Courts need not approach the Strickland test in a specific order or even "address both components of the inquiry if the defendant makes an insufficient showing on one." 466 U.S. at 697; see also Goad, 938 S.W.2d at 370 (stating that "failure to prove either deficiency or prejudice provides a sufficient basis to deny relief on the ineffective assistance claim").
The petitioner first argues that counsel was ineffective for failing to request the services of a DNA expert. He asserts that, because the tests from Orchid Cellmark and the juvenile court varied "slightly, " counsel should have requested a defense expert to analyze the DNA tests. Counsel testified that one of the DNA tests returned a result showing a 99.99% likelihood that the petitioner was the father of the victim's baby, and the other test determined that there was a 99.95% likelihood that he was the father. Counsel also testified that the petitioner never denied paternity. Counsel stated that he reviewed the DNA reports and found nothing suspicious about the evidence or the qualifications of the State's expert. The evidence shows that counsel made a tactical determination not to request a DNA expert based on his review of the evidence and the fact that the petitioner never denied that he was the father of the victim's baby. Moreover, the petitioner failed to offer proof that there was anything improper about the DNA evidence or that a particularized need could have been shown to request funds for a DNA expert. The petitioner has failed to show that counsel performed deficiently or that any deficiency caused him prejudice.
The petitioner next argues that counsel was ineffective for failing to investigate potential exculpatory witnesses, namely the victim's mother and uncle. He asserts that the testimony of the victim's mother and uncle could have supported the theory of the case that the victim's uncle was the one who "had sexual relations with and impregnated [the victim]." Counsel testified that his investigator interviewed the victim's mother. Counsel did not think that the victim's mother would make a favorable witness for the petitioner because she acted very nonchalant about the rape and subsequently lost custody of her children. Counsel testified that he did not recall seeing the victim's uncle's name in his file.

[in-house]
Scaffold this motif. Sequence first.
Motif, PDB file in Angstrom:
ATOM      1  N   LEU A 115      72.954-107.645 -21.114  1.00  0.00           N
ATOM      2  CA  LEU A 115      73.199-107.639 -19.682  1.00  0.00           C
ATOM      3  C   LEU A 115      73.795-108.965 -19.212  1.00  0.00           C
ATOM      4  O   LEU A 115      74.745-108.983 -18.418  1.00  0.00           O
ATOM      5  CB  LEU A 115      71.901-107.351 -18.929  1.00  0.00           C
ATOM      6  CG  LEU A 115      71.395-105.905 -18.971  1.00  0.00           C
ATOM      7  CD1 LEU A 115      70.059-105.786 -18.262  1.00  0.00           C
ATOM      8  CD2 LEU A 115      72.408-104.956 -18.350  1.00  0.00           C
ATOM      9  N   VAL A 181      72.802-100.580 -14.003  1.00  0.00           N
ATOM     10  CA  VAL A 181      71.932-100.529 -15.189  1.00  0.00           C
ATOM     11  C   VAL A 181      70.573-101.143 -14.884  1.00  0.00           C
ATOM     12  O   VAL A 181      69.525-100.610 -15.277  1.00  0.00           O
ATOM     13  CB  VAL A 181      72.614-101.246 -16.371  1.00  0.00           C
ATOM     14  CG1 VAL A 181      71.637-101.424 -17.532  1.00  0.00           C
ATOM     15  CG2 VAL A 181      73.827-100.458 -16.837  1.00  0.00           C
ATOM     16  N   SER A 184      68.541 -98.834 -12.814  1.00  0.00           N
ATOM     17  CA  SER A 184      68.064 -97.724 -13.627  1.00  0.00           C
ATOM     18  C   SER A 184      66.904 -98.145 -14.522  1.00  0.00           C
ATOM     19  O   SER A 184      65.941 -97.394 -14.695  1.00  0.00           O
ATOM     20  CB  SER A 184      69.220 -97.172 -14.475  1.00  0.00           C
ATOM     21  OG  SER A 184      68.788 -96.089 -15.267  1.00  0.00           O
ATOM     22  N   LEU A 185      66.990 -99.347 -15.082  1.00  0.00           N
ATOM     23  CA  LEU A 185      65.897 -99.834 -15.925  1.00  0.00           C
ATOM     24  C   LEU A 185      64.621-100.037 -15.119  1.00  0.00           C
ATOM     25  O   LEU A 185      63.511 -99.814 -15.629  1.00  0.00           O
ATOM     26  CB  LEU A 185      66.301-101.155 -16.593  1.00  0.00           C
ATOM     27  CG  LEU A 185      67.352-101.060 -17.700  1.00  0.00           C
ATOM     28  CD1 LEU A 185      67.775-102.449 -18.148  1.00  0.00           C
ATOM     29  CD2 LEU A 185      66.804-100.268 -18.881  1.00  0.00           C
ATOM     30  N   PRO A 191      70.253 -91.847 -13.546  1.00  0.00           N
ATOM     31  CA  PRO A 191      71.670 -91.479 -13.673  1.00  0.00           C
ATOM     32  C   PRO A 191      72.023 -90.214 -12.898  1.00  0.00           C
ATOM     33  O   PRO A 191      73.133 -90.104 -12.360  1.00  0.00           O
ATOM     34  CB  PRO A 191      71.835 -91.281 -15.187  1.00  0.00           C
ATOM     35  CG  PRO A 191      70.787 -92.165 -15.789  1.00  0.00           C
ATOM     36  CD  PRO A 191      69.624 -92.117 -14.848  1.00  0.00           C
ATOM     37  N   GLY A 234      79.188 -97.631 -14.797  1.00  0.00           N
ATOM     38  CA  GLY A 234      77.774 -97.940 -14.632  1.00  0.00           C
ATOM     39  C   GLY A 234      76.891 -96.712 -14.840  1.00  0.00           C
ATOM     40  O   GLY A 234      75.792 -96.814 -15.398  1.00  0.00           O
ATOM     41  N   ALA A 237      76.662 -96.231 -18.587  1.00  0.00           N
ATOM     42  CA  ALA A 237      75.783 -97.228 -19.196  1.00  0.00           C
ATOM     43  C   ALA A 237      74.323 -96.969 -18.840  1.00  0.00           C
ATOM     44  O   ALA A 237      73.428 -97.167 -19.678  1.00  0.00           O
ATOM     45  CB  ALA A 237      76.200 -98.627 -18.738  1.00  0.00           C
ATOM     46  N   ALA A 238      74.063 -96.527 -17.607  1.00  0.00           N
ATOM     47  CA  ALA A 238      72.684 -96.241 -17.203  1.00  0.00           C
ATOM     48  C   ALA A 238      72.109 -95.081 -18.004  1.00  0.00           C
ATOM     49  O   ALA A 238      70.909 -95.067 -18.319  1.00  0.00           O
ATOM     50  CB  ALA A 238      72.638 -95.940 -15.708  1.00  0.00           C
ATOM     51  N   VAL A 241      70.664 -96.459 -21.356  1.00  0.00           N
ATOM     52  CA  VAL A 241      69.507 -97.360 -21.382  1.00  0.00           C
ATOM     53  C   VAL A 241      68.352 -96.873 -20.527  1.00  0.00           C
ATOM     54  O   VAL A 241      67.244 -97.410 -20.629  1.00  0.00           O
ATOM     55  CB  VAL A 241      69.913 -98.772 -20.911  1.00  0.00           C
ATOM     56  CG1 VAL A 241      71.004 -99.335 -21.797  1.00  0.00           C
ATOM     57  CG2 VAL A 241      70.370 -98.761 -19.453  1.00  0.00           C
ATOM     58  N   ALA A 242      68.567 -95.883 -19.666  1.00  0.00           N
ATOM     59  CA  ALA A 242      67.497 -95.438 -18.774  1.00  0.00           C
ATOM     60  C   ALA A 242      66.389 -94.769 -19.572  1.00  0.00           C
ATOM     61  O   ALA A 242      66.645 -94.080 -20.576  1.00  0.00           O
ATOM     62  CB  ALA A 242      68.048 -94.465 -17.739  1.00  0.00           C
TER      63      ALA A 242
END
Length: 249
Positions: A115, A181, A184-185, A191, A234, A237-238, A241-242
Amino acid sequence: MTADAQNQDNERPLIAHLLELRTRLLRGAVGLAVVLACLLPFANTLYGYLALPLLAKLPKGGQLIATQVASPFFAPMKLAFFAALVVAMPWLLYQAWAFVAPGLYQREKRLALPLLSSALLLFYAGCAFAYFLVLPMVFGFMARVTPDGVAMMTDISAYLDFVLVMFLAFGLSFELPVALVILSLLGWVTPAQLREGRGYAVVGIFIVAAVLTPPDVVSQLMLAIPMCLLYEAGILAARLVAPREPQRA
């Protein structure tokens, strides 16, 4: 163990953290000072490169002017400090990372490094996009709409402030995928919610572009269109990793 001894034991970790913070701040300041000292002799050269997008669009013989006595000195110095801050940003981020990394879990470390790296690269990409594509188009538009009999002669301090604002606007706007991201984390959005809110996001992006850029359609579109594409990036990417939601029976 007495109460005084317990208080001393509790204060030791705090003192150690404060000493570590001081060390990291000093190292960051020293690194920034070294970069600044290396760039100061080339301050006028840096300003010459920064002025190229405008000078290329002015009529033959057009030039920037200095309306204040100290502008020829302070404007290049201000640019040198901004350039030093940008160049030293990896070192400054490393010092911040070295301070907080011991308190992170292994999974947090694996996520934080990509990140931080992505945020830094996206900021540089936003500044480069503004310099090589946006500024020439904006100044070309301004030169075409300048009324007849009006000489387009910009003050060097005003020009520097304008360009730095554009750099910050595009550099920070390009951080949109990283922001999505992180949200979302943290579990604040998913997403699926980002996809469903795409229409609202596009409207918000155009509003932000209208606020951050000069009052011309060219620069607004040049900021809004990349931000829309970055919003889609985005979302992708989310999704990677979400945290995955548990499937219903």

The petitioner failed to present the victim's mother or uncle as witnesses at the evidentiary hearing. As the post-conviction court explained, "This court has no idea of the substance of [the victim's uncle's] proposed testimony, or whether he would have admitted or denied having any sexual contact with the victim at any period of time." In order to succeed on a claim that counsel did not properly investigate or call favorable witnesses at trial, a petitioner must generally elicit favorable testimony from those witnesses at the evidentiary hearing, as a post-conviction court may not speculate "on the question of . . . what a witness's testimony might have been if introduced" at trial. Black v. State, 794 S.W.2d 752, 757 (Tenn. Crim. App. 1990). Furthermore, the petitioner ignores the fact that two DNA tests determined to a near certainty that he was the father of the victim's baby, and he does not explain how proof that the victim's uncle might have had sexual contact with the victim would negate the clear DNA evidence. Moreover, counsel testified that the petitioner never denied paternity of the victim's baby to him. The petitioner has failed to prove that counsel performed deficiently or that any deficiency caused him prejudice.
Motion for New Trial
The petitioner lastly argues that counsel was ineffective for failing to raise issues other than sufficiency of the evidence in his motion for new trial, which prejudiced him on direct appeal. However, in his brief, the petitioner fails to specify which other grounds he believes should have been raised and why those issues would have been meritorious. Counsel testified that he reviewed both his and co-counsel's notes from trial and found no other viable issues to raise in the motion for new trial as his reasoning for relying on a standard challenge to the sufficiency of the evidence. The petitioner has failed to prove that counsel performed deficiently or that any deficiency caused him prejudice.
Based on the foregoing authorities and reasoning, we conclude that the petitioner has not met his burden of showing that he was denied the effective assistance of counsel. Accordingly, we affirm the denial of the petition for post-conviction relief.